Howard says:

Flotilla deaths reportedly causing anti-Semitic uptick in France
June 9, 2010
PARIS (JTA) – Several anti-Semitic acts have been reported in France since Israel’s interception of a Gaza-bound flotilla.
Between May 31 and June 8, 18 anti-Semitic acts including violence against individuals, the defacing of Jewish institutions, and throwing Molotov cocktails at and threats to bomb a synagogue were reported to the Jewish Community Protection Service, according to a report issued by the group. The group works in cooperation with France’s Interior Ministry.
In some instances, such as in the southern town of Grenoble, where a Jewish school was attacked with stones and its doors rammed, the incidents took place immediately following protest marches against Israel’s early-morning raid of a Gaza-bound flotilla on May 31.
One crowd of 700 anti-Israel protesters in Strasbourg “wanted to head toward the synagogue, with cries of ‘Death to Israel’ and ‘Israel Assassins,’ ” according to the report.
The police prevented the mob from reaching the synagogue in the city, which closely borders Germany.
In another case, a man demanded to know which passengers on a Paris suburban subway were Jewish, and one Jewish male victim was punched twice in the temple, according to the report.
The assailant had said, “I don’t like Jews, and I’m going to hit you,” adding later, “did you see what your cousins did in Gaza?”
The number of anti-Semitic acts in France spiked during the Gaza war at the end of December 2008 and into January 2009.

Rabbi Silas says:

I to one day wish to make aliyah. I am thankful for those that get to make this wonderful pilgrimage. To unite with fellow citizens is a wonderful ex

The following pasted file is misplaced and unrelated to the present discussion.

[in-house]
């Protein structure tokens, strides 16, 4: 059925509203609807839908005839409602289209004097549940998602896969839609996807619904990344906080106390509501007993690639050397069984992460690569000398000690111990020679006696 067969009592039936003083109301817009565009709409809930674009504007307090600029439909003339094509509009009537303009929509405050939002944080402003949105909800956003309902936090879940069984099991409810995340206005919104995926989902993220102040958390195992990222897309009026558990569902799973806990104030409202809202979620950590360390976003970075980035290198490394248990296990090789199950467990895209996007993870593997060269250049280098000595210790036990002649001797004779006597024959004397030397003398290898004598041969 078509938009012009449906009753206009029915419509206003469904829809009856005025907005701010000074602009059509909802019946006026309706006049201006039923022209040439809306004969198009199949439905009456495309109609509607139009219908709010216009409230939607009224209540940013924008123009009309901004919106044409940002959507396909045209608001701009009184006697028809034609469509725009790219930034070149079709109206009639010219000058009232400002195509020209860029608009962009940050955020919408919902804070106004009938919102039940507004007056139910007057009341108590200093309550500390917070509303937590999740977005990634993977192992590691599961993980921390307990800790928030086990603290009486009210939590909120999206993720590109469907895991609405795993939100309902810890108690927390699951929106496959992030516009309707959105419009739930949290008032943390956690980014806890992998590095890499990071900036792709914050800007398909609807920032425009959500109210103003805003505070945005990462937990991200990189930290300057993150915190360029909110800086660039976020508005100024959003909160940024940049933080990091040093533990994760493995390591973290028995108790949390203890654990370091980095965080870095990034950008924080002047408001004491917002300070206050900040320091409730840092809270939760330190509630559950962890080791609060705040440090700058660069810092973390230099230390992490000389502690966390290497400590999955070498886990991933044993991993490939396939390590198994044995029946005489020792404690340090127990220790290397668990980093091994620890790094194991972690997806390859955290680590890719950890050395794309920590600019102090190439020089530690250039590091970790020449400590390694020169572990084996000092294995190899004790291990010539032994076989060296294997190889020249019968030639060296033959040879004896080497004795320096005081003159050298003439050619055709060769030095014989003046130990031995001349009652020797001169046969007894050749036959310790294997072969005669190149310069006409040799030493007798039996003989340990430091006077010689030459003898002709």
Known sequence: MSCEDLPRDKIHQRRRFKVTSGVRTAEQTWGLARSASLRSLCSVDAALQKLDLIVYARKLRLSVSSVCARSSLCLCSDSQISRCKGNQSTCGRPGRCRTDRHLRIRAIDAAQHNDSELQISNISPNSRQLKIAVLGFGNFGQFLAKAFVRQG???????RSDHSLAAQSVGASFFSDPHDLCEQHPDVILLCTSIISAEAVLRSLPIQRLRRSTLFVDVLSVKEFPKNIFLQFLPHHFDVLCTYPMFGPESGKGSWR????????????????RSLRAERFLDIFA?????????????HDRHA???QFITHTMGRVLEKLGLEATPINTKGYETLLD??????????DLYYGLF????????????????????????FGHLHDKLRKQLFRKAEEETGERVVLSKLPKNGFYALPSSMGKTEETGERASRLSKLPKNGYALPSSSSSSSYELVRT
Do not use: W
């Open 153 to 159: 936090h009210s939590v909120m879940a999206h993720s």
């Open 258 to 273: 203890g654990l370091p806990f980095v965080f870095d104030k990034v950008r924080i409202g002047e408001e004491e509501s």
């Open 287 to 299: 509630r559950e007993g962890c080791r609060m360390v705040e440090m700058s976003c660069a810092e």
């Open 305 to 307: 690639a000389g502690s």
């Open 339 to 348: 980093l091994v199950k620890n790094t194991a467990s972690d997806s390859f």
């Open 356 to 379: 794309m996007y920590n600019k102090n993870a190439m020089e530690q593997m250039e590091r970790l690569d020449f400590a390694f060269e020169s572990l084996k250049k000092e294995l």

Roza M says:

Nicely written, but mostly reflective of American naiveté.

AbeBird says:

Israel will always be the last resort for Jews in every place in the universe and in any time…. It’s time to turn her to be the first resort for Jews. It’s better that Jews will choose to make Aliya out of positive conditions and reasons, which exist overwhelmingly if one checks that issue seriously.

Howard says:

New immigrants from France arrived on flights during the day on July 28th. From there they were taken to the Ramada hotel in Jerusalem where they checked into their rooms and had a rest until the evening program began . Some took a nap or went for a walk. Some swam in the pool or had a coffee in the lounge. At 19:30 after their evening meal in the hotel restaurant they assembled in the huge function room to listen to welcoming remarks by Israeli officials, the chief rabbi of Israel, the chief rabbi of Paris and leaders of the Jewish community of France. A French boys choir sang and danced to the delight of the group. And then the Israeli identity cards were given out and in just those few hours hours Israel’s population grew larger by 550 people.

The next morning after a delicious Israeli breakfast which included mountains of fresh salads, baked Israeli eggs, fresh rolls and good coffee the Olim went again to the function room which now was set up with tables and booths manned by representatives of banks, cell phone companies insurance companies, real estate companies and programs for new immigrants. The children were in a play room having fun while their parents concentrated on these important details. The Israeli representatives were French speakers making it easier to understand how things work in Israel.

They came to build Israel. They will defend and stand with Israel. They are not afraid and came with much joy and determination and with few regrests.

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New Wave

French Jews making aliyah go from one conflict zone to another